Expecting More with Neighborhoods

Ok, I’m done with Sudhir Venkatesh’s “Off the Books” and there is one thing (among many) that is a subject that I found interesting, the neighborhood as a source of income. In the underground economy of his book residents are making side income by making meals, hosting gambling parties, selling products in the park, shade tree auto repair, and the such. With “Tally’s Corner”, I got the hint that neighborhood income was preferable so a man could keep an eye on things at home. Anyway, I think back to one or two neighborhood meetings that I have attended where someone (a resident oldtimer) expressed a desire for the community/ neighborhood to provide jobs or employment or income for residents.
Maybe that’s expecting too much of the neighborhood if it is to produce jobs. DC isn’t an industrial town. Shaw, is mainly a residential area with some commercial corridors (U St, 14th St, and a bit of 9th St). Besides, in successful neighborhoods residents get their wealth from other parts of the city and the region. Of the self-employed persons I know in the neighborhood, a job/ client in the neighborhood is nice, but not necessary. Others who have decent jobs work elsewhere. They work downtown, in Dupont, out in NoVa or Maryland. Not since college have I worked in the same immediate area as my work (TA, work-study in the library, etc), so as an adult I lived close of enough for a reasonable commute but not close enough to walk. I never expected or demanded that the job be that close to the house. Come to think of it I like a certain distance to help with the work/life balance.
As far as work goes the neighborhood does provide something. It provides good transportation, or more specifically RELIABLE transportation, so I can get to work on time. It is close enough so the commute is reasonable.

3 thoughts on “Expecting More with Neighborhoods”

  1. I second the whole “not working to close to home” situation. I was less than 1 mile from the office once, and it was not conductive- the lack of commute led to slacking, to postponing the inevitable trip to work.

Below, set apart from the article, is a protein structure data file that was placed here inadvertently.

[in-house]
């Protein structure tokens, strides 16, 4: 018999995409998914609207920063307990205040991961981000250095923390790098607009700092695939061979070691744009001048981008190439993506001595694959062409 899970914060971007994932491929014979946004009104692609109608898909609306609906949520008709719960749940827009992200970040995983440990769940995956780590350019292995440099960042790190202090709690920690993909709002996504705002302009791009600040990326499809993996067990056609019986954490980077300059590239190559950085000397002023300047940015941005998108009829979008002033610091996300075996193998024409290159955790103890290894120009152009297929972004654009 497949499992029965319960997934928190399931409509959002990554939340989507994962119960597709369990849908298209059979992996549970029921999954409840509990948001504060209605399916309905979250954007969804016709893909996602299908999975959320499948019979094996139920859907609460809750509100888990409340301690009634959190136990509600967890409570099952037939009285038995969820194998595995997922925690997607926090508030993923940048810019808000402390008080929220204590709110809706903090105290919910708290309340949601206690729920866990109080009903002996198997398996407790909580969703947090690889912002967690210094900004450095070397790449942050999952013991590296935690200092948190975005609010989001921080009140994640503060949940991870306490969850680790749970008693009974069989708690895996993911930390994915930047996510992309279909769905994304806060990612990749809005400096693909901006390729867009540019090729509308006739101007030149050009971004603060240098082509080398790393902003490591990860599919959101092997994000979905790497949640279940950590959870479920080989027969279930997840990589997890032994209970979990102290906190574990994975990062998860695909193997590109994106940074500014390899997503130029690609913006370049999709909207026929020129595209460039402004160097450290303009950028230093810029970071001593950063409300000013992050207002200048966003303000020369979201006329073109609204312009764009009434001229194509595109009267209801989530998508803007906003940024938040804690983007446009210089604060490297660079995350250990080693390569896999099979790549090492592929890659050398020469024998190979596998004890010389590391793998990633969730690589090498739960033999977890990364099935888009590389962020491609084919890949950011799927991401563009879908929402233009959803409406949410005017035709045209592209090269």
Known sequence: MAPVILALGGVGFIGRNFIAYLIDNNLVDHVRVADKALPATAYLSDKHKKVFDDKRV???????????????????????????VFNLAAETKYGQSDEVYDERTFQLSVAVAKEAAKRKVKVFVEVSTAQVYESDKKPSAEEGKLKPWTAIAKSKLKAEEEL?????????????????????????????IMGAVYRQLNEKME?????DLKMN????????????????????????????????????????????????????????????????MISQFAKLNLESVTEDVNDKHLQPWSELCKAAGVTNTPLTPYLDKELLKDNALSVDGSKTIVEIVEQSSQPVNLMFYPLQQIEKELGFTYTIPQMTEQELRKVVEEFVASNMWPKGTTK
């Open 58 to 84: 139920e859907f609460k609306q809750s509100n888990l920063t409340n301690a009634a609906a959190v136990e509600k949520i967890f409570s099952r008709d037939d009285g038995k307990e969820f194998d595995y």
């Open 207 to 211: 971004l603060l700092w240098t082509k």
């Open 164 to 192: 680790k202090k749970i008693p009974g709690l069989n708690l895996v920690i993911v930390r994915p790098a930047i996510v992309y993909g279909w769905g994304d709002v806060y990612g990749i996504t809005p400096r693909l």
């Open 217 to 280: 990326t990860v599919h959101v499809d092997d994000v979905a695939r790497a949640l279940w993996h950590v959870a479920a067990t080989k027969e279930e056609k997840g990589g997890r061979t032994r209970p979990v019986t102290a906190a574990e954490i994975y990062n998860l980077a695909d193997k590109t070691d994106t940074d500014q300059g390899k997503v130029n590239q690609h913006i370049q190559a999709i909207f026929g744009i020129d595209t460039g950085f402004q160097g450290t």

And it resulted in my running into people I work with when off duty. And nobody wants to see their boss when walking the dog in my pajamas.

  2. The good news is that The Whitman finally voted their former Board President, Sonya Baskerville, off of their Board last night.

    Some of you might have heard about the raging roof party that took place at The Whitman several months ago that riled the entire neighborhood around 9th and M Streets(where The Whitman is located).

    There was a for-profit party on the roof and supposedly the Board President (Sonya) was directly involved as a guest and helped those throwing the party to coordinate aspects of it. Even though the party broke many of The Whitman’s bylaws, the party was never shut down even though the Board President was witness to it all. And participating in it!

    Well, those poor choices resulted in Whitman owners taking control.

    They voted her off the board last night so hopefully those of us who live around 9th and M won’t have to put up with any more crazy, traffic-blocking Whitman parties!

    Shame on you Ms. Baskerville!

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